It seems like New Zealand museums are setting a new trend for staging scientific dissections of big interesting animals and getting the public involved in them online.
It’s a great way to engage visitors with the scientific activities of natural history museums – it takes the behind-the-scenes stuff out into the public arena. And it can be a real boost to public knowledge and understanding about animal biology and conservation.
Today Auckland Museum is holding a dissection of a Great White Shark and you can view it on their website from 2pm. The necropsy, or animal autopsy, will raise public awareness of this magnificent, and vulnerable fish species.
Here at Te Papa we have also had great success with making some recent scientific examinations and dissections available online. In April 2008 a team of scientists thawed and examined a colossal squid, but didn’t dissect it. This is the colossal squid now on display , along with lots of info explaining it’s anatomy. While the team examined the big colossal squid specimen they dissected a smaller, incomplete colossal squid specimen and a giant squid specimen and blogged about it live. The information we got from dissecting these other big squid specimens was vital to understanding the biology of the colossal squid, and then communicating this in the exhibition.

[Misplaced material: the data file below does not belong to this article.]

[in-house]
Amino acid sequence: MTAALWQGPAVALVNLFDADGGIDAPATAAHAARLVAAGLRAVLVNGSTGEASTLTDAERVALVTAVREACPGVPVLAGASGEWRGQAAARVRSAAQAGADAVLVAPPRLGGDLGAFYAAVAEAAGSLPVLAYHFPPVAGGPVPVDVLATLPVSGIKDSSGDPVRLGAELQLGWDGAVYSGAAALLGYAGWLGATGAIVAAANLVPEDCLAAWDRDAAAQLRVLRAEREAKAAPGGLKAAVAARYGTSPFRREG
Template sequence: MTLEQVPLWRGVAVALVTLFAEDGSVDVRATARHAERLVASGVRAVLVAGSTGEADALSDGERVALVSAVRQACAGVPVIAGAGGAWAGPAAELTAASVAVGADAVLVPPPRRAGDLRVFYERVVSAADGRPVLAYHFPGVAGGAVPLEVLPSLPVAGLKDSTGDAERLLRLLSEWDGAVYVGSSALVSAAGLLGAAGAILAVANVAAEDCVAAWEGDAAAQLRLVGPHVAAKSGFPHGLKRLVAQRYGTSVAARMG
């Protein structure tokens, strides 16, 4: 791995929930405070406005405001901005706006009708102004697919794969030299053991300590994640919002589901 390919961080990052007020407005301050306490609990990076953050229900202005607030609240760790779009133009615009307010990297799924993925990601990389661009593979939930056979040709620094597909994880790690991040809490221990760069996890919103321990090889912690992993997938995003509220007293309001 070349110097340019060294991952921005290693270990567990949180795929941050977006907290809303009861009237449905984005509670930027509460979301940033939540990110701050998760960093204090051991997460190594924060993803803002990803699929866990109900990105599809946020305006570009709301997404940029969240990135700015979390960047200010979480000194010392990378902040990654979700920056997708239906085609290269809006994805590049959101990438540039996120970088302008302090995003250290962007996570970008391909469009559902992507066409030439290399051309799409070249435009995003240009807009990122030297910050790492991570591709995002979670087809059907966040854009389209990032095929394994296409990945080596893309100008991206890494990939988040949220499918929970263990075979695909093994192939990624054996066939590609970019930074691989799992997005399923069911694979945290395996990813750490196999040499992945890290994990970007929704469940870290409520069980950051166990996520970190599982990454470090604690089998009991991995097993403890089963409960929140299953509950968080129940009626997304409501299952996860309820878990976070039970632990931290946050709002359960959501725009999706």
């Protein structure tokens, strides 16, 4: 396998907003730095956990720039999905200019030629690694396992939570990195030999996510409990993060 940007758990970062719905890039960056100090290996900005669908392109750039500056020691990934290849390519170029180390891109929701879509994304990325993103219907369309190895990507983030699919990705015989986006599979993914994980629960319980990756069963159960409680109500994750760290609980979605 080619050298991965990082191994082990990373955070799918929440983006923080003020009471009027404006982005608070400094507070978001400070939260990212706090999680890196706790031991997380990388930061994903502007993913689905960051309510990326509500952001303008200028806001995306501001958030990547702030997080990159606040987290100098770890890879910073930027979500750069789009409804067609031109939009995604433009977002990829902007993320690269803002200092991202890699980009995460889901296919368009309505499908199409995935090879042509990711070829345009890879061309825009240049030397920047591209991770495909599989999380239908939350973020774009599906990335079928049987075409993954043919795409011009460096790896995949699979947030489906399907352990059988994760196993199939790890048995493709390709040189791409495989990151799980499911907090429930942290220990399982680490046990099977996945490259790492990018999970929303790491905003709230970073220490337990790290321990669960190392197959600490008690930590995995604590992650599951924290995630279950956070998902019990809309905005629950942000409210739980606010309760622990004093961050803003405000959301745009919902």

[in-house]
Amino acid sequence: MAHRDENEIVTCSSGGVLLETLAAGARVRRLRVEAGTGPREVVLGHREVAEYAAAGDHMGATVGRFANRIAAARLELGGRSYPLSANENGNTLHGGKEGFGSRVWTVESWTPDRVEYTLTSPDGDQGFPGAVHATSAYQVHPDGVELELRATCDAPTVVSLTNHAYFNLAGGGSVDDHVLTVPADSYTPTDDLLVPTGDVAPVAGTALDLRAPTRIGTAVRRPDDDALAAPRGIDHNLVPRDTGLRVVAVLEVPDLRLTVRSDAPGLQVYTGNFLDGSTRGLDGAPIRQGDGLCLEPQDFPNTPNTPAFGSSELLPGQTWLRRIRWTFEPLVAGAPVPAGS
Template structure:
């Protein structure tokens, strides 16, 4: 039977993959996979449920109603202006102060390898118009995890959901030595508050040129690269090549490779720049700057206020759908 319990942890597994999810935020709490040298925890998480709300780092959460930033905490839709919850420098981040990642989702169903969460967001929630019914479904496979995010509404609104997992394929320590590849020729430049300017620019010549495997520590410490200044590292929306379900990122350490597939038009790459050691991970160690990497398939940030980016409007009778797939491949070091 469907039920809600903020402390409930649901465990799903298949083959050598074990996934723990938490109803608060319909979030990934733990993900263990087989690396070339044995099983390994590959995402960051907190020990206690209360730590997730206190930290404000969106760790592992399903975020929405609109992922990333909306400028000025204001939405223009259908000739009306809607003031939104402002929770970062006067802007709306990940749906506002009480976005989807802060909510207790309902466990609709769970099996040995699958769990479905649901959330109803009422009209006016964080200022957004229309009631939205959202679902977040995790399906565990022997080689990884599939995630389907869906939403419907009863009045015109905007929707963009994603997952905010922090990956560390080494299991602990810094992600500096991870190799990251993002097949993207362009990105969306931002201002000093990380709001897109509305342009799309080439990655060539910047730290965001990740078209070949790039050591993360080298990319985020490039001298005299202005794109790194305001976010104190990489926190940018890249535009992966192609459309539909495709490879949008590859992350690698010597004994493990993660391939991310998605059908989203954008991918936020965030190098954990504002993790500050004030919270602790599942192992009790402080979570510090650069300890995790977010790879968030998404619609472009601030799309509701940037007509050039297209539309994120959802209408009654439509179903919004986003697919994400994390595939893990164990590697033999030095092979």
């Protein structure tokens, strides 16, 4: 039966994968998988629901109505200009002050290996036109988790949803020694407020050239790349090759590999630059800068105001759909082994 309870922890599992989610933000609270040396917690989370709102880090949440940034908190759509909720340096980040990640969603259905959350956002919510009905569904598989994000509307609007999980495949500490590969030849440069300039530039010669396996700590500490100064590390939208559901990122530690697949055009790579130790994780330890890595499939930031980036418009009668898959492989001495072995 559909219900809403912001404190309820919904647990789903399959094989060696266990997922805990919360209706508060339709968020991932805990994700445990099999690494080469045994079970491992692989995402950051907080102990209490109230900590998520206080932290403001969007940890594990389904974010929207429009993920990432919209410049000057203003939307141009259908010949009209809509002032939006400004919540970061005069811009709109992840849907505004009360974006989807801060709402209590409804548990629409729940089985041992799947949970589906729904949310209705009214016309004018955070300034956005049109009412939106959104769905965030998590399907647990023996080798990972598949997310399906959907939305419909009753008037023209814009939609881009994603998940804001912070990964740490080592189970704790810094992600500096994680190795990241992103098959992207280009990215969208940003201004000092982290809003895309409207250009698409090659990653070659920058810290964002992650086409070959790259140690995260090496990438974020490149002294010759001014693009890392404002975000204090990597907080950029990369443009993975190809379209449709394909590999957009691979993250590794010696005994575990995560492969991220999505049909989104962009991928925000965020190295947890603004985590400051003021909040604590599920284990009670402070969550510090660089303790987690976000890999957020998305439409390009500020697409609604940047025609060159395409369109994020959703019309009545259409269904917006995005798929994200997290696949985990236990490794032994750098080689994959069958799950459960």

After the success of the squid investigations we then decided to blog about a dissection of a pygmy right whale in May 2008. Looking at our blog stats we still have heaps of people going to these posts about the pygmy right whale heart and lungs – somewhat strange, but true. I’m not sure why these posts would be so popular - so if anyone out there knows please tell me!
Then in July 2008 the Melbourne Museum held a public dissection of a giant squid, which you can view here.
From big molluscs we have now moved on to big fish! It’s great to see these new ways of communicating science in museums being explored and our museum-based scientists taking centre stage - I’m interested to know what others think about this.